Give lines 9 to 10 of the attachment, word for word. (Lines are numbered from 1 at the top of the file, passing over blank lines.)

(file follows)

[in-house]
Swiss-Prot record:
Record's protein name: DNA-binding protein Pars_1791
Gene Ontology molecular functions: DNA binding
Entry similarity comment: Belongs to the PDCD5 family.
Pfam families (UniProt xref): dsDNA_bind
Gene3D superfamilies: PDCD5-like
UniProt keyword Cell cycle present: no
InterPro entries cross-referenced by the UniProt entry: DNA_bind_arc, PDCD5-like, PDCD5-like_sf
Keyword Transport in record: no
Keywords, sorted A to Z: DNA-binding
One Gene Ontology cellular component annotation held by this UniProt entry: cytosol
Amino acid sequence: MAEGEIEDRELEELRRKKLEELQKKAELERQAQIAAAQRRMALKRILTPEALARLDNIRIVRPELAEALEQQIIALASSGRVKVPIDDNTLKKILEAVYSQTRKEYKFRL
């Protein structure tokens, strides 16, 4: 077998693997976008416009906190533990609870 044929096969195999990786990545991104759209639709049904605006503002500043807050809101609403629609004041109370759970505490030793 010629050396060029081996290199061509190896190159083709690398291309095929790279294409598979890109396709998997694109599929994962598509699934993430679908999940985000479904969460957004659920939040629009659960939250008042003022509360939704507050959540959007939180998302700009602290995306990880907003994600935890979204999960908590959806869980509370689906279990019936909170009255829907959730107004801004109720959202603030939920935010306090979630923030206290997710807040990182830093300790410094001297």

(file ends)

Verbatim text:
InterPro entries cross-referenced by the UniProt entry: DNA_bind_arc, PDCD5-like, PDCD5-like_sf
Keyword Transport in record: no